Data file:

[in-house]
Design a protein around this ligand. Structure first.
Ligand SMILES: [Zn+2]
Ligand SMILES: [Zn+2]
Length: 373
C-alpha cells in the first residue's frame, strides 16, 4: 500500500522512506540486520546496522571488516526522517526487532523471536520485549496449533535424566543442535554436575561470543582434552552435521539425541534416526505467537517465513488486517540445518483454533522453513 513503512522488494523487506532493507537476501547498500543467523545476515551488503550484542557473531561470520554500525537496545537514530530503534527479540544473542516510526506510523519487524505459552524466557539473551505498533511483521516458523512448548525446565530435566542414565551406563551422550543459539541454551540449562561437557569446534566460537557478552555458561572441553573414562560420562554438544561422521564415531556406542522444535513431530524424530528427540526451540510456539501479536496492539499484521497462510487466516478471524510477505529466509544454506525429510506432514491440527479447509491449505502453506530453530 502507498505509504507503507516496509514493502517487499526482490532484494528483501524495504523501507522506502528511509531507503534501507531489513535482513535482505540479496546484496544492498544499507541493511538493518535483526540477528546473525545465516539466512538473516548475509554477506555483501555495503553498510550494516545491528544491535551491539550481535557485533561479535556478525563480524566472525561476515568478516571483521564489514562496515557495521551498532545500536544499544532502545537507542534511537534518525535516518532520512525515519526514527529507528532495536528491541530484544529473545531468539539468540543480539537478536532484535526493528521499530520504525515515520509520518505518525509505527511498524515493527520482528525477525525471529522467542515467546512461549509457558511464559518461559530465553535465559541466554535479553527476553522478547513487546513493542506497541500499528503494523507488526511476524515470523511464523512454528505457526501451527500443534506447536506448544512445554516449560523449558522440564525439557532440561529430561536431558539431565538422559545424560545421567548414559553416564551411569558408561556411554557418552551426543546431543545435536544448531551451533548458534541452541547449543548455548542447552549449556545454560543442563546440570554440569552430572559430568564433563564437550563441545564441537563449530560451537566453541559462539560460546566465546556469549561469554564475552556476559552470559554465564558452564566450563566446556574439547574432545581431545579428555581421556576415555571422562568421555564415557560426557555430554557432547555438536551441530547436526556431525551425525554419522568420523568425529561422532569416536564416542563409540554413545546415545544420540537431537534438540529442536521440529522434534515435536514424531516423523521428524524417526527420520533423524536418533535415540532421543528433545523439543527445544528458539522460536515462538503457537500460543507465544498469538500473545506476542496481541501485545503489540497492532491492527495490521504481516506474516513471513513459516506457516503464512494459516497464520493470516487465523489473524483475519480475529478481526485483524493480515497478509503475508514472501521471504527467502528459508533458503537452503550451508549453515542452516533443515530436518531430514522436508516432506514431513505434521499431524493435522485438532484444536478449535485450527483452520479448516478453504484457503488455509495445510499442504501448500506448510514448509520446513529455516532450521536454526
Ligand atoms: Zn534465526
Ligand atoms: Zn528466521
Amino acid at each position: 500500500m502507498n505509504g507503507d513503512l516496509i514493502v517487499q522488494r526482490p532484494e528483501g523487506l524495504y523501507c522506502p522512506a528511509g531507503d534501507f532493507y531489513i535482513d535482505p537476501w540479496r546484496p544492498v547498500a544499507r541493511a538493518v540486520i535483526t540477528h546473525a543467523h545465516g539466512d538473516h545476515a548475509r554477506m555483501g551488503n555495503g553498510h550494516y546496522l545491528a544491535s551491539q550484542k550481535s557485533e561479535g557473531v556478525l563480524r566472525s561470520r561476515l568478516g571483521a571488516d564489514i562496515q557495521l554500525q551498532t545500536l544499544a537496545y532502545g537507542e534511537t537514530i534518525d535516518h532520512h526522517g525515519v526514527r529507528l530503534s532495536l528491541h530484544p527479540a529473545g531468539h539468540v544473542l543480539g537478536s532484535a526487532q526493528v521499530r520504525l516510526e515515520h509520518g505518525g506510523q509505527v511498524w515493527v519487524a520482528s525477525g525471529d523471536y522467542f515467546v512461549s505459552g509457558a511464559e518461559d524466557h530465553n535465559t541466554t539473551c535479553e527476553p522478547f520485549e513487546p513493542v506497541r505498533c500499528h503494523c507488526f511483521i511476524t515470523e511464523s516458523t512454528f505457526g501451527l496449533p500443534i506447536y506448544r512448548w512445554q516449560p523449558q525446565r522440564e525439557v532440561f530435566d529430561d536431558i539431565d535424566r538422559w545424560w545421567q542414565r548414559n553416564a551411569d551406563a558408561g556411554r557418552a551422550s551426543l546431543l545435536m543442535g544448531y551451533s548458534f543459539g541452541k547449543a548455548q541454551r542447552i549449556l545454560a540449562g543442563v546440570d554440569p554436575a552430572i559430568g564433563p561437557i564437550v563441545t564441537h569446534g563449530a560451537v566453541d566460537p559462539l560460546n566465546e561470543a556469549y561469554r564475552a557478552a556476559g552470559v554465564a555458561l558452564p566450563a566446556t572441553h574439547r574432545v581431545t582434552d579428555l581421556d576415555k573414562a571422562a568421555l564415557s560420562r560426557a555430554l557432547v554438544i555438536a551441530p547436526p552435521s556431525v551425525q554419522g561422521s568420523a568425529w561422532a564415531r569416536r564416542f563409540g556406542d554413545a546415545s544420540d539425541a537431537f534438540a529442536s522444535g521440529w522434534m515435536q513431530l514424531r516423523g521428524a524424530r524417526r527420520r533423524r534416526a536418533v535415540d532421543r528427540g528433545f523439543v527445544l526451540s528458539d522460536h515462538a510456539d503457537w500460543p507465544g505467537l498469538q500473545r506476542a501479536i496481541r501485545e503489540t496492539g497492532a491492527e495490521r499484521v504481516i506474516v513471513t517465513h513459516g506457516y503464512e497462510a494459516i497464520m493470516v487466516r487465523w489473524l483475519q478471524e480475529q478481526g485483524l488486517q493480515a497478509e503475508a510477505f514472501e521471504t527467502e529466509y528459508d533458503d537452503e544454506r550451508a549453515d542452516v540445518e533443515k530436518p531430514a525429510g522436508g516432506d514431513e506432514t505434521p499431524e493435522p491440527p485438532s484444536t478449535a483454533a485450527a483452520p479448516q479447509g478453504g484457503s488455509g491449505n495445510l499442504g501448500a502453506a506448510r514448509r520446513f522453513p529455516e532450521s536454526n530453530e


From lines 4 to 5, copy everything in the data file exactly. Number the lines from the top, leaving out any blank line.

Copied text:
Ligand SMILES: [Zn+2]
Length: 373